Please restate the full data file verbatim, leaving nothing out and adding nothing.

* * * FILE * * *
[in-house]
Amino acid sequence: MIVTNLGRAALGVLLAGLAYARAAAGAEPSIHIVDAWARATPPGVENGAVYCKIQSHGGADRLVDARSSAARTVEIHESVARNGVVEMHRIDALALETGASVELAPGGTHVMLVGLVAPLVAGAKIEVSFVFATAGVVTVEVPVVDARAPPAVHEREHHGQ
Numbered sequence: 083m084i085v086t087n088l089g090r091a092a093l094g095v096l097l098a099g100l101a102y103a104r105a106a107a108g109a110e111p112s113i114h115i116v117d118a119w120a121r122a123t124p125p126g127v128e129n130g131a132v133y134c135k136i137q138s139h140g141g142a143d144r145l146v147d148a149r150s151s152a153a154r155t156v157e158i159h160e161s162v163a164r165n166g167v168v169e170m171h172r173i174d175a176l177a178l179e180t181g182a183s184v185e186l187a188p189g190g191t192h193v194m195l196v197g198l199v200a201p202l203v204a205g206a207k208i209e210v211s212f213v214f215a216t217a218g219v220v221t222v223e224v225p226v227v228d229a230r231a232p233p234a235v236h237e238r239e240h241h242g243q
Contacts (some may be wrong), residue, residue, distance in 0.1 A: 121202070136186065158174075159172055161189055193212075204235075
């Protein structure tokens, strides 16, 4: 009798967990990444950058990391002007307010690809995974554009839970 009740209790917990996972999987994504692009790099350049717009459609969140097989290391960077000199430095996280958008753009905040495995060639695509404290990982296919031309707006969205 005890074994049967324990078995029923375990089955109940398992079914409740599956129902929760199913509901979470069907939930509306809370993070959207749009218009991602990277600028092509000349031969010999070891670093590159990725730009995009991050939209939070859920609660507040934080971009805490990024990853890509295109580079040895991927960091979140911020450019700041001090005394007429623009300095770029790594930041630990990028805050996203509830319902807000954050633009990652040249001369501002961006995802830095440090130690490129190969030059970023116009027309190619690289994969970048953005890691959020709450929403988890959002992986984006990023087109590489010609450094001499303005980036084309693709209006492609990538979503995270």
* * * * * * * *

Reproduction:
[in-house]
Amino acid sequence: MIVTNLGRAALGVLLAGLAYARAAAGAEPSIHIVDAWARATPPGVENGAVYCKIQSHGGADRLVDARSSAARTVEIHESVARNGVVEMHRIDALALETGASVELAPGGTHVMLVGLVAPLVAGAKIEVSFVFATAGVVTVEVPVVDARAPPAVHEREHHGQ
Numbered sequence: 083m084i085v086t087n088l089g090r091a092a093l094g095v096l097l098a099g100l101a102y103a104r105a106a107a108g109a110e111p112s113i114h115i116v117d118a119w120a121r122a123t124p125p126g127v128e129n130g131a132v133y134c135k136i137q138s139h140g141g142a143d144r145l146v147d148a149r150s151s152a153a154r155t156v157e158i159h160e161s162v163a164r165n166g167v168v169e170m171h172r173i174d175a176l177a178l179e180t181g182a183s184v185e186l187a188p189g190g191t192h193v194m195l196v197g198l199v200a201p202l203v204a205g206a207k208i209e210v211s212f213v214f215a216t217a218g219v220v221t222v223e224v225p226v227v228d229a230r231a232p233p234a235v236h237e238r239e240h241h242g243q
Contacts (some may be wrong), residue, residue, distance in 0.1 A: 121202070136186065158174075159172055161189055193212075204235075
């Protein structure tokens, strides 16, 4: 009798967990990444950058990391002007307010690809995974554009839970 009740209790917990996972999987994504692009790099350049717009459609969140097989290391960077000199430095996280958008753009905040495995060639695509404290990982296919031309707006969205 005890074994049967324990078995029923375990089955109940398992079914409740599956129902929760199913509901979470069907939930509306809370993070959207749009218009991602990277600028092509000349031969010999070891670093590159990725730009995009991050939209939070859920609660507040934080971009805490990024990853890509295109580079040895991927960091979140911020450019700041001090005394007429623009300095770029790594930041630990990028805050996203509830319902807000954050633009990652040249001369501002961006995802830095440090130690490129190969030059970023116009027309190619690289994969970048953005890691959020709450929403988890959002992986984006990023087109590489010609450094001499303005980036084309693709209006492609990538979503995270």